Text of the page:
Strategically located to serve the fast-growing Asia Pacific region, Singapore’s well-established business infrastructure, global connectivity and trade linkages have long made it an ideal location for international banks. Today, over 200 banks have a presence in the city-state, with a growing number basing their operational headquarters there in order to service their regional group activities.
This year, Standard Chartered announced its intention to fully consolidate its business operations in Singapore through the transfer of its corporate, commercial and institutional banking and private banking businesses to its Singapore entity. Upon completion, Standard Chartered will be the first international bank to consolidate its local business into its Singapore subsidiary. “As a bank that has been in ASEAN, including Singapore, for over a hundred and fifty years, we’re very committed to this region. We see the opportunity in this region,” says Judy Hsu, the bank’s regional chief executive officer for ASEAN and South Asia. “We felt that bringing all our clients under one entity will provide them much better support and service as they move up the continuum, across our business segments.”
To American banking group Citi, Singapore also provides the perfect springboard into the approximately four-billion-strong Asian market, as the world’s center of economic gravity shifts east with the roll-out of China’s Belt and Road Initiative (BRI).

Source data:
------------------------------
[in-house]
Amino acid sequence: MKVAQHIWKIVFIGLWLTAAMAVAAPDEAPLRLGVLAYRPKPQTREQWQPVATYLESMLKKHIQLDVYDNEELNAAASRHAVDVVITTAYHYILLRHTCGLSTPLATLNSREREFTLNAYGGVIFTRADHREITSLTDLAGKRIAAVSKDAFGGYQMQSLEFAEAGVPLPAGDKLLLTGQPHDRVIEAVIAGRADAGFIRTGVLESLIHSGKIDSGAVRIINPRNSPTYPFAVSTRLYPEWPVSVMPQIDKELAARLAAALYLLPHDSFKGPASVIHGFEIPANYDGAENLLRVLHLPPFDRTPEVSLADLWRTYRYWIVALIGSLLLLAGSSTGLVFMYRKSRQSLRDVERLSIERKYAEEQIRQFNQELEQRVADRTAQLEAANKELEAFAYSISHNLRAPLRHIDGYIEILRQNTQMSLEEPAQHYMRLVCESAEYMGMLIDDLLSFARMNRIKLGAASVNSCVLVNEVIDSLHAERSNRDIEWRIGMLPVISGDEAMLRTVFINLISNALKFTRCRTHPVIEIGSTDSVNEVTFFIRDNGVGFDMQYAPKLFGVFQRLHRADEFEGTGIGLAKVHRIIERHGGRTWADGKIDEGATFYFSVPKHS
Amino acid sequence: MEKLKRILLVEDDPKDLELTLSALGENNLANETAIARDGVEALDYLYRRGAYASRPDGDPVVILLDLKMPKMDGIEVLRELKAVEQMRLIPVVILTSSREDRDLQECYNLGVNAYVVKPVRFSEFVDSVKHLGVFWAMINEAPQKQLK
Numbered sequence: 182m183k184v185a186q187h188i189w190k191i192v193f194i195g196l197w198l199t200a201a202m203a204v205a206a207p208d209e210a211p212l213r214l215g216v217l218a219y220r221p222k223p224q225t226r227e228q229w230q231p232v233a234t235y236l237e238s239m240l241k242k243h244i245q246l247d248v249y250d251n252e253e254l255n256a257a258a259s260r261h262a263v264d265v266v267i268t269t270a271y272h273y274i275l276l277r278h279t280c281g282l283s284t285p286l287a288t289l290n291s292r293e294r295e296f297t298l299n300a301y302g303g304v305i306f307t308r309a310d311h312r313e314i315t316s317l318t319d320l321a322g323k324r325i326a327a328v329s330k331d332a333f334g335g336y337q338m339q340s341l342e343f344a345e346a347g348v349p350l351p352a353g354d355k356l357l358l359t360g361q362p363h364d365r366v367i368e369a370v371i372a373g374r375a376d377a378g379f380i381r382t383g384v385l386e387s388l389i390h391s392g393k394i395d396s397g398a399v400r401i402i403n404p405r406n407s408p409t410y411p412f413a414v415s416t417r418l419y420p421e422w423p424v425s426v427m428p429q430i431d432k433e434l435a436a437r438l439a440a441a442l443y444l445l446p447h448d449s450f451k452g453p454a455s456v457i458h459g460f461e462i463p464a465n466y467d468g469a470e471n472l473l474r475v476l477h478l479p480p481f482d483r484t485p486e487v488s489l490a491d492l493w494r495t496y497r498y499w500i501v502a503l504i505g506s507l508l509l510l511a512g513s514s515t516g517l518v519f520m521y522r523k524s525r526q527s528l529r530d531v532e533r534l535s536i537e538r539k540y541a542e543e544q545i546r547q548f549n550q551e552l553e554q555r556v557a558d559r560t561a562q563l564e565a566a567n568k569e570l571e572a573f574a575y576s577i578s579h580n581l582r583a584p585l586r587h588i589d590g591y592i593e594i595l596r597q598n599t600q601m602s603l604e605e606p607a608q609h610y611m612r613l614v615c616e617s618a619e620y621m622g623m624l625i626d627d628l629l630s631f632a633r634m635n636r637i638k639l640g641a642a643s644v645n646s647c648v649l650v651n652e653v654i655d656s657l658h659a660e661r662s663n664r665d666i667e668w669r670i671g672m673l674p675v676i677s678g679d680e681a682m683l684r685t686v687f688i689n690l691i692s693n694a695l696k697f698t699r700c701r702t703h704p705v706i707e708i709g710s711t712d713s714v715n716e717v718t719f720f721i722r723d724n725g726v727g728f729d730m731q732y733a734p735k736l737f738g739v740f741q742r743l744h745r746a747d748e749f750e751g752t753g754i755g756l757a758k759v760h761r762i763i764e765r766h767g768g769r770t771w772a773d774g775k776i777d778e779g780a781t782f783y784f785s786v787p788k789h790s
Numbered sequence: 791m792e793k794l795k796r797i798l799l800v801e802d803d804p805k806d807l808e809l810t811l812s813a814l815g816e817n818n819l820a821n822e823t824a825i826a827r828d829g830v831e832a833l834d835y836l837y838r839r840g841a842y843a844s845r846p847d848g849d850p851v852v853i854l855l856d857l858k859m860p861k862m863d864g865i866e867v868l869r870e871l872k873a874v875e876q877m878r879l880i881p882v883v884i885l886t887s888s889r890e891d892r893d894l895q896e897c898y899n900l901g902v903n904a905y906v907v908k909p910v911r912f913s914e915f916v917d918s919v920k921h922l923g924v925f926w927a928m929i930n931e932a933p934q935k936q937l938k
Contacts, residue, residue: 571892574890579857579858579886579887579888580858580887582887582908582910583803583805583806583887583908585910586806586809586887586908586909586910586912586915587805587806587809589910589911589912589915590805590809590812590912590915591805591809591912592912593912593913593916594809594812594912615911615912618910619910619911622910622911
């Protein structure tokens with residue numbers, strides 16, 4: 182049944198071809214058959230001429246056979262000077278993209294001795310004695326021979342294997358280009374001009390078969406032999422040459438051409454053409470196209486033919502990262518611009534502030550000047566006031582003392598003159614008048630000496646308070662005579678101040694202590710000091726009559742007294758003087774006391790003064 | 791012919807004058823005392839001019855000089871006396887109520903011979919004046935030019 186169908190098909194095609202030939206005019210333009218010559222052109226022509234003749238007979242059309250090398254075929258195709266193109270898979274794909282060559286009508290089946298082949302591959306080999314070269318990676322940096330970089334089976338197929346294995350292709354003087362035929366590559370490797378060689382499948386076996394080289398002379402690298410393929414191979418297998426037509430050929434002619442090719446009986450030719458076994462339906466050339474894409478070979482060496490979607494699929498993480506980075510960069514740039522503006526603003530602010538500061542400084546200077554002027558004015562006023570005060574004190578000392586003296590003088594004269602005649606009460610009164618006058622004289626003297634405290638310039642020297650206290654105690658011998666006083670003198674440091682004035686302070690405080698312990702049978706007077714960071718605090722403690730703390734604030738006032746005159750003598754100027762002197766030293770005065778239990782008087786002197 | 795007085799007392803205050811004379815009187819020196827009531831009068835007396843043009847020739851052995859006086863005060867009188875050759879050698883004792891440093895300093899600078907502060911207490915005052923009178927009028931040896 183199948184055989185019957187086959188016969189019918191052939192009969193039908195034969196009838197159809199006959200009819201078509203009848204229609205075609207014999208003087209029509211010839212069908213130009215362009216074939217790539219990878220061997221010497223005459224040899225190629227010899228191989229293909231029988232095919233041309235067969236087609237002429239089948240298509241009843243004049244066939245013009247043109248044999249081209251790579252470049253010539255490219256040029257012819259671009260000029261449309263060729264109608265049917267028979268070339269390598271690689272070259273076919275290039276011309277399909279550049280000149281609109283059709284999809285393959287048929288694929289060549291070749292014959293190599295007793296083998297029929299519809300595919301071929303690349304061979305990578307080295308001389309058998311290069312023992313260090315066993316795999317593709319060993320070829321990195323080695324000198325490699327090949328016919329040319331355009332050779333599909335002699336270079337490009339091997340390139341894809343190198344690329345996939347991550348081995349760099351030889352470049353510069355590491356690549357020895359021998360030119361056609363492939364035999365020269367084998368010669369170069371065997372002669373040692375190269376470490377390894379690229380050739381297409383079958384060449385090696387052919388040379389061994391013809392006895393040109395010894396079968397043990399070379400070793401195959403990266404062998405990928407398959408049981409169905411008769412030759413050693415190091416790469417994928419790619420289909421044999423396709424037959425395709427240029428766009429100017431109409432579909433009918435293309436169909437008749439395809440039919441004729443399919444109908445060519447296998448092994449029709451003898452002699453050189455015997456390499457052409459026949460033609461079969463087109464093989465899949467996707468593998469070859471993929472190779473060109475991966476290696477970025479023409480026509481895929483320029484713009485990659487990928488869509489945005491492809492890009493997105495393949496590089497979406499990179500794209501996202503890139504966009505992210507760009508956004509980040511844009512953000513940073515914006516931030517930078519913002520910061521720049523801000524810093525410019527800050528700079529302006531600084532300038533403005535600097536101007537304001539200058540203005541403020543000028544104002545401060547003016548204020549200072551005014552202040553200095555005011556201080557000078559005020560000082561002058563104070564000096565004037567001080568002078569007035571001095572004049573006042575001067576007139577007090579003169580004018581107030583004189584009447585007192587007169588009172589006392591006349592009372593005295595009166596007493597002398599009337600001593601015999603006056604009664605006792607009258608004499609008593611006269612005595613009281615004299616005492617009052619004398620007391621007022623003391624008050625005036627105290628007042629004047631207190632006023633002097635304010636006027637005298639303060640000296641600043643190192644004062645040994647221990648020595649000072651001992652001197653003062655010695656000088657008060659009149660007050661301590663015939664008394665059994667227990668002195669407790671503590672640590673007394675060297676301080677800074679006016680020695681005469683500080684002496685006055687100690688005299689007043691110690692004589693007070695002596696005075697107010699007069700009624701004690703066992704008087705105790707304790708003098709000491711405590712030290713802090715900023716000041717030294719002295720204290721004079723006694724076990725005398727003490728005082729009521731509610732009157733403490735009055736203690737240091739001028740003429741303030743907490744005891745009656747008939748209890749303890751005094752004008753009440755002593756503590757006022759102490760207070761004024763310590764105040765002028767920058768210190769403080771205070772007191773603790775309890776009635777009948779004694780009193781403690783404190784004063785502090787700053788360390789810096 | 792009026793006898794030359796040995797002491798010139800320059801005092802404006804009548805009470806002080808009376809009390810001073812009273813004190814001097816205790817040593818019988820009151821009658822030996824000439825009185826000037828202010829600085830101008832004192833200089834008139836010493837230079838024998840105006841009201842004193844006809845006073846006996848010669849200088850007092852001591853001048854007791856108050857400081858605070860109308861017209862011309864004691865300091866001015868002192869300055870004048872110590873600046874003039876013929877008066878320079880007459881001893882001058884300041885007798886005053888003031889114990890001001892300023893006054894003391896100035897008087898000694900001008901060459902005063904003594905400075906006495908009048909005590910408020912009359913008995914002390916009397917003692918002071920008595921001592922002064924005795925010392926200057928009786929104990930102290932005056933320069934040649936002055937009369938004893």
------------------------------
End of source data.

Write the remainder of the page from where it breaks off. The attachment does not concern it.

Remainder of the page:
“We see first-hand the opportunities that BRI brings to Citi’s clients across our network. BRI comprises over 65 markets which contribute around 30 percent of GDP and make up 40 percent of global trade. Our clients doing business in ASEAN are optimistic about BRI and the opportunities it presents,” says Amol Gupte, ASEAN head and Citi country officer for Citi Singapore.
Singapore’s effective regulatory environment, excellent infrastructure and highly skilled and cosmopolitan pool of finance professionals, remain top of the list for international financial institutions as they seek to tap the growing Asian market.
“The Monetary Authority of Singapore (MAS) is amongst one of the most progressive regulators that we have interacted with. On the one hand, they set the bar high when it comes to financial supervision and have in place strong governance, controls and standards. On the other hand, they are visionary and pragmatic, and have delivered transformative projects such as automating what happens around trade using blockchain,” says Mr. Gupte.
With growing competition among financial institutions to attract and retain talent, banks have applauded the government’s initiatives in ensuring the right people are available for the job, such as the SkillsFuture and Professional Conversion Programs which re-skill banking professionals into emerging roles. With a strong ecosystem of financial institutions and professional services providers as well as a booming fintech industry, Singapore’s financial services sector has today become truly global, and a place where the world’s banks can come to build solutions to take back to their home markets.